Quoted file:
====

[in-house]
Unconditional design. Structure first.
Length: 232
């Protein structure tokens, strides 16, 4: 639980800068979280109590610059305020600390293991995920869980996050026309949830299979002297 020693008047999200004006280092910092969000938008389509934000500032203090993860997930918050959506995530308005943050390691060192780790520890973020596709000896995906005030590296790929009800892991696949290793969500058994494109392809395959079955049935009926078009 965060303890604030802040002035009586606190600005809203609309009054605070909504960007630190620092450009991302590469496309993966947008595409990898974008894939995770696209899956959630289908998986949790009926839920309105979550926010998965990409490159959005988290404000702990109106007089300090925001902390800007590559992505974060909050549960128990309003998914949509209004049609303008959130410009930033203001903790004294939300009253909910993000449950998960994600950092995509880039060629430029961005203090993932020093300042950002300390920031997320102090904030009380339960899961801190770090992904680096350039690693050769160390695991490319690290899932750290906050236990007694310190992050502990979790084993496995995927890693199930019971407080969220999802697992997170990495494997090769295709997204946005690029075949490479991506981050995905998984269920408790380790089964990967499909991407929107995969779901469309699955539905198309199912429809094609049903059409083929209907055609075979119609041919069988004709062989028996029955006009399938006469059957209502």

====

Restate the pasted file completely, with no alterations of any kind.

[in-house]
Unconditional design. Structure first.
Length: 232
């Protein structure tokens, strides 16, 4: 639980800068979280109590610059305020600390293991995920869980996050026309949830299979002297 020693008047999200004006280092910092969000938008389509934000500032203090993860997930918050959506995530308005943050390691060192780790520890973020596709000896995906005030590296790929009800892991696949290793969500058994494109392809395959079955049935009926078009 965060303890604030802040002035009586606190600005809203609309009054605070909504960007630190620092450009991302590469496309993966947008595409990898974008894939995770696209899956959630289908998986949790009926839920309105979550926010998965990409490159959005988290404000702990109106007089300090925001902390800007590559992505974060909050549960128990309003998914949509209004049609303008959130410009930033203001903790004294939300009253909910993000449950998960994600950092995509880039060629430029961005203090993932020093300042950002300390920031997320102090904030009380339960899961801190770090992904680096350039690693050769160390695991490319690290899932750290906050236990007694310190992050502990979790084993496995995927890693199930019971407080969220999802697992997170990495494997090769295709997204946005690029075949490479991506981050995905998984269920408790380790089964990967499909991407929107995969779901469309699955539905198309199912429809094609049903059409083929209907055609075979119609041919069988004709062989028996029955006009399938006469059957209502």